Developing Course Objectives for Chemistry
Before designing a lesson for the Internet or for the face-to-face classroom it is vital to have developed objectives. We must know what it is we want the students to do before we can write a lesson to help them achieve those objectives.
Consider the following objectives
Understand the concept of gas pressure.
Know how to solve stoichiometry problems.
What do they really mean?
These are objectives that might be found in a typical introductory chemistry course.
But what do they really mean? When instructors say that they want students to understand the concept of gas pressure or know how to solve stoichiometry problems they know more or less, what is meant by that. How do students know whether or not they understand the concept of gas pressure? Does that mean performing pressure unit conversions? Does it mean describing how a barometer works? Does it mean knowing that the relationship between temperature and pressure is direct? How do they know when they know how to solve stoichiometry problems? Does that mean only common problems? Does it mean limiting reactant (a type of stoichiometry problem) problems? Does it mean problems involving density?
Interpreting student responses to those objectives
If we were to ask a student to explain the concept of gas pressure he/she could say that “Gas pressure is the force the gas exerts per unit area”. Since this is the definition as worded in a typical textbook we can’t really be sure that a student has a grasp of gas pressure or is only quoting a memorized definition. Unfortunately we cannot look inside a person’s head to determine whether or not they understand gas pressure.
Instructors need to write objectives that are not vague and that produce observable action. Behavioral objectives are based on an action by the student that we can measure. “A behavioral objective indicates what the student should be able to do or say when he has finished the lesson or, over the long run, when he as completed his education”. This quote is from R. C. Anderson and G. W. Faust, Educational Psychology – The Science of Instruction and Learning. 1973. Dodd, Mead and Company, Inc.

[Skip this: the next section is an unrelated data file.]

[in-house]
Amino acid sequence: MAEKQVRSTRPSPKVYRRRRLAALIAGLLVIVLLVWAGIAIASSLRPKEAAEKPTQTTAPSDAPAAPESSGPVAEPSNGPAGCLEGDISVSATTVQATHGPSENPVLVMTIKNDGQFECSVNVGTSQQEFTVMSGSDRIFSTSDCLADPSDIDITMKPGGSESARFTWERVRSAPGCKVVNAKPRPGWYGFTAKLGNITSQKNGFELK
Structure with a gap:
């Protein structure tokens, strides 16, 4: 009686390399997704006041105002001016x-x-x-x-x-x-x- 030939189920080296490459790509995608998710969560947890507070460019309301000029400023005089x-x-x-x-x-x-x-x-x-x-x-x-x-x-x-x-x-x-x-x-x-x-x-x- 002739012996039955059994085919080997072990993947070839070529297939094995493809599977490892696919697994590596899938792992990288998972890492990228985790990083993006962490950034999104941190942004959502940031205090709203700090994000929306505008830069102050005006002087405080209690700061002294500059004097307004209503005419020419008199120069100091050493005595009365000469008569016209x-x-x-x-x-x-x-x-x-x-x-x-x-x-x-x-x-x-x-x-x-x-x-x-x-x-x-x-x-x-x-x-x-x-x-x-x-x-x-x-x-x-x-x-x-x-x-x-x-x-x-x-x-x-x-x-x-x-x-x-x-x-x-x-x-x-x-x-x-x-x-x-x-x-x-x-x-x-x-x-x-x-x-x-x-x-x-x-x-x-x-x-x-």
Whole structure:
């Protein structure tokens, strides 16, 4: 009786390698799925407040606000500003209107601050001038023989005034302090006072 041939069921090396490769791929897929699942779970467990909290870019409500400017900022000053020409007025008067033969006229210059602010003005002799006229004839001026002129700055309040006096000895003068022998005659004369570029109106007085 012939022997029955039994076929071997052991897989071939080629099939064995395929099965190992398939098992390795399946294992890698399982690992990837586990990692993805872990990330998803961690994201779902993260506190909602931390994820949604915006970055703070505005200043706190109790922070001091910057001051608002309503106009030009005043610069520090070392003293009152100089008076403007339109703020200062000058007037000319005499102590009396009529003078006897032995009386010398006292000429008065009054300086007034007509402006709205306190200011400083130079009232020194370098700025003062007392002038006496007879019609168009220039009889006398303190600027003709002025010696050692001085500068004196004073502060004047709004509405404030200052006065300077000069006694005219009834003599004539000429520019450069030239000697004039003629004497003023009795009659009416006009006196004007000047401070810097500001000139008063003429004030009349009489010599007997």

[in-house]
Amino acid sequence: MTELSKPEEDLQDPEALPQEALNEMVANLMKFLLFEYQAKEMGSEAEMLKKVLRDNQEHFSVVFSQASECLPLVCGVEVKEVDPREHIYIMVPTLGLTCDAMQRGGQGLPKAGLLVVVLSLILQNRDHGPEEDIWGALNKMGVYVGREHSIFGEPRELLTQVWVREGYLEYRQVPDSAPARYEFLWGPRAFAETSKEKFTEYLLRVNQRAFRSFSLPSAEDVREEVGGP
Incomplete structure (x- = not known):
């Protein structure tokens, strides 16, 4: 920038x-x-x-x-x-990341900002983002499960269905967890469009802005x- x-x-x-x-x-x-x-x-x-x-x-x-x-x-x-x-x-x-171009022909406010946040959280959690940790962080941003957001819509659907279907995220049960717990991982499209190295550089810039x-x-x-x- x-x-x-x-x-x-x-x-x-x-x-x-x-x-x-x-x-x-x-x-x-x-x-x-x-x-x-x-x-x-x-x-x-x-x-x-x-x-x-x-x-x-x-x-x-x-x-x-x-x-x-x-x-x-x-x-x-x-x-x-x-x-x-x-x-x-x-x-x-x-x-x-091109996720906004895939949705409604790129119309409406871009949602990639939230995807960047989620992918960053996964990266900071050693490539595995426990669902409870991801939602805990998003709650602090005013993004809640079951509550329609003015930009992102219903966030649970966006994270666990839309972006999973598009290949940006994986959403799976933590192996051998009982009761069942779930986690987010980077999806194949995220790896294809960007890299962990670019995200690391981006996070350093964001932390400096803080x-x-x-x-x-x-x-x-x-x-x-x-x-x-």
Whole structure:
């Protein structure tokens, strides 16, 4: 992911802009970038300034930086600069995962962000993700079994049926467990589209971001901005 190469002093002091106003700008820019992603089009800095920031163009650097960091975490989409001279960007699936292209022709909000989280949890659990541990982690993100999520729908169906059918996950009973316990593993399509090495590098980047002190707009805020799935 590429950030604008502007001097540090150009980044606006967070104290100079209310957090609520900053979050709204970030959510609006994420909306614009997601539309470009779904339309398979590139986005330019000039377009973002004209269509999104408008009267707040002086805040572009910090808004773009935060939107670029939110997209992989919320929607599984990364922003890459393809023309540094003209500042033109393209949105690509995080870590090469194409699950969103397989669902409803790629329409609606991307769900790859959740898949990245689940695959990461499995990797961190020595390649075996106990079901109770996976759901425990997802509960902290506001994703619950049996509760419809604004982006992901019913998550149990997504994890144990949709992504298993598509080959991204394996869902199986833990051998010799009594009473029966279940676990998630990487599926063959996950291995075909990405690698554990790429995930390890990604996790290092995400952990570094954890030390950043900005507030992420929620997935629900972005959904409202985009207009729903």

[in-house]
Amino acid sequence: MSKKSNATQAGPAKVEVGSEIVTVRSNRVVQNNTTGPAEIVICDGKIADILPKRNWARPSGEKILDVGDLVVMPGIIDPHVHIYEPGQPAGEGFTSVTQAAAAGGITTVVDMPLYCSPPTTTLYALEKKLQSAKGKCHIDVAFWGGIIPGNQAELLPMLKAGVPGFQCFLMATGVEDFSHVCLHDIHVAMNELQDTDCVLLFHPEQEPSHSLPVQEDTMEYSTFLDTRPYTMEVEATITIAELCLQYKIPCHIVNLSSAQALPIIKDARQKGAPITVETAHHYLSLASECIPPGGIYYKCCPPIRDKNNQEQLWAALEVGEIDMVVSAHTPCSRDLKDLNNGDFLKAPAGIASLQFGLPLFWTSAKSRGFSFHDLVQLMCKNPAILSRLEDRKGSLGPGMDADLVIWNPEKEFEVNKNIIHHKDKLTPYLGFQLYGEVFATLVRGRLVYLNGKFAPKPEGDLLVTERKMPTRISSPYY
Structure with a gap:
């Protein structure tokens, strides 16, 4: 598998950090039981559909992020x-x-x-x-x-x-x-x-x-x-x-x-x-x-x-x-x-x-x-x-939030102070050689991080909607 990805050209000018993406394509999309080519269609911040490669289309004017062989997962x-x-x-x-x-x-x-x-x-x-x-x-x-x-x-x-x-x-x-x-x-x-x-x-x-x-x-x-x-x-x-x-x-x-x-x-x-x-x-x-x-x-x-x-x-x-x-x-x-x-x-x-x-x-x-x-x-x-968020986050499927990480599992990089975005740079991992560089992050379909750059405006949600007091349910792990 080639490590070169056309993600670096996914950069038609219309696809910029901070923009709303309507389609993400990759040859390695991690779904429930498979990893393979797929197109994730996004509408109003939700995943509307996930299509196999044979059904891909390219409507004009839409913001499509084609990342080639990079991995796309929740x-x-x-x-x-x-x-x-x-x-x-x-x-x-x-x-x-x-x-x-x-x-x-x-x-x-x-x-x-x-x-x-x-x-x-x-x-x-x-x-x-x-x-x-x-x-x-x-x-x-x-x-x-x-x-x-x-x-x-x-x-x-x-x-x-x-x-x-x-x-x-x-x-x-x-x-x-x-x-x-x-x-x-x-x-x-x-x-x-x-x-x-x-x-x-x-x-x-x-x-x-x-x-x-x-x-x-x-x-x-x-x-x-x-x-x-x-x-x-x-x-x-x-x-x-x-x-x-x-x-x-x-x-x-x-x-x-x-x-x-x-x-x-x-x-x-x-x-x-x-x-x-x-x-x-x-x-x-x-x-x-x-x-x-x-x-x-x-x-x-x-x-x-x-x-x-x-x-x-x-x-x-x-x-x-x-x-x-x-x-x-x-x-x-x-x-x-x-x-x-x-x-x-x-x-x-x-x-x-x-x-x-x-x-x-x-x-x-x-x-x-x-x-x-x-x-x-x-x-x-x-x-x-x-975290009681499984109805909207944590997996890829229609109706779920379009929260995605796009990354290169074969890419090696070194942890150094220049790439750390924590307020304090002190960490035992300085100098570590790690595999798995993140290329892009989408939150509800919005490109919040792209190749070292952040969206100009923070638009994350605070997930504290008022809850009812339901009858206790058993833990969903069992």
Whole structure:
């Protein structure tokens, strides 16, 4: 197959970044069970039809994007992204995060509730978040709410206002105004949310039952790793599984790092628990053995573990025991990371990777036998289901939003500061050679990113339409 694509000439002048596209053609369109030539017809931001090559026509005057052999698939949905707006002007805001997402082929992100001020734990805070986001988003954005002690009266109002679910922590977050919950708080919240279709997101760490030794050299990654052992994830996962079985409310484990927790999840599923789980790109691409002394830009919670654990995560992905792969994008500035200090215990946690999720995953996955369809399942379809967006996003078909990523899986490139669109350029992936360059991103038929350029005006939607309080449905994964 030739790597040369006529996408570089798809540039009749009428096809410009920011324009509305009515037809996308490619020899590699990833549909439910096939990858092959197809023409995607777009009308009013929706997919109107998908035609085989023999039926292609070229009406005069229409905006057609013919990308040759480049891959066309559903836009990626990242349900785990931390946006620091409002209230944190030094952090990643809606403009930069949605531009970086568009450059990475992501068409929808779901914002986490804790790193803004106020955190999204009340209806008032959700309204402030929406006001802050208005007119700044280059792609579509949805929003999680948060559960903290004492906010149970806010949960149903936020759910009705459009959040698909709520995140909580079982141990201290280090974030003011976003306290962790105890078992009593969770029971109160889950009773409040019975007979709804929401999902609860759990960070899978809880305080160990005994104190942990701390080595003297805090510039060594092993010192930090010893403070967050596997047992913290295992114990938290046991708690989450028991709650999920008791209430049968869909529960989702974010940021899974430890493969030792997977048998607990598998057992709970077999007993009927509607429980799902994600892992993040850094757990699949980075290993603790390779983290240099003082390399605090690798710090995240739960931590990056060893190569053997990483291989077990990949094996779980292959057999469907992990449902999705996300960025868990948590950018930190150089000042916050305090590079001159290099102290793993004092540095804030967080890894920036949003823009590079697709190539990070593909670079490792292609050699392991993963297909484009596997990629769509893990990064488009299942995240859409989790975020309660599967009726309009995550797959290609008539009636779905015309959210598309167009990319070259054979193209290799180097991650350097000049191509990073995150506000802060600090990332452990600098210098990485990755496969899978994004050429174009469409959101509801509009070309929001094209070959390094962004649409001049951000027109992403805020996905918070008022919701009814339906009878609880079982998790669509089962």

Rewording the gas pressure objective
Stating what students need to do to demonstrate by action that they “understand” gas pressure involves stating many different behaviors. Some of them are given below. There are many more.
Be able to convert pressure given in either units of atmospheres, mm Hg, inches Hg, torr, or Pa to any of the other units, to the correct number of significant figures.
Memorize the number of mm Hg in 1 atmosphere, the number of torr in 1 atmosphere, the number of inches of Hg in 1 atmosphere, and the number of Pa in 1 atmosphere.
Predict whether gas pressure increases or decreases as temperature increases or decreases.
Predict whether gas pressure increases or decreases as altitude increases or decreases.
List the parts of a barometer that measures atmospheric pressure.
All the behavioral objectives in the list above describe observable and measurable activities.
Does statement of behavioral objectives that are measurable prevent students from developing higher order thinking capabilities?
Evidence suggests that students who have detailed behavioral objectives learn more than students in classes that do not. Whether or not having a list of activities that must be mastered stifles creativity and higher order thinking has not been proven.
The Concept of Entering Behaviors
Entering behaviors are “skills and knowledge, specifically related to course objectives, which the student possesses before instruction”. This quote is from R. C. Anderson and G. W. Faust, Educational Psychology – The Science of Instruction and Learning. 1973. Dodd, Mead and Company, Inc. To produce behavioral objectives that students can achieve, instructors must accurately understand the entering behaviors students possess. For example, students will not be able to convert pressure from one unit to another if they cannot solve an equation for an unknown variable. An entering behavior is solving algebraic equations with one unknown variable.
What happens if students don’t possess the anticipated entering behavior? What if they cannot solve algebraic equations, but the instructor designs lessons assuming that they can? Students will not be able to fulfill some of the behavioral objectives and the lesson will fail.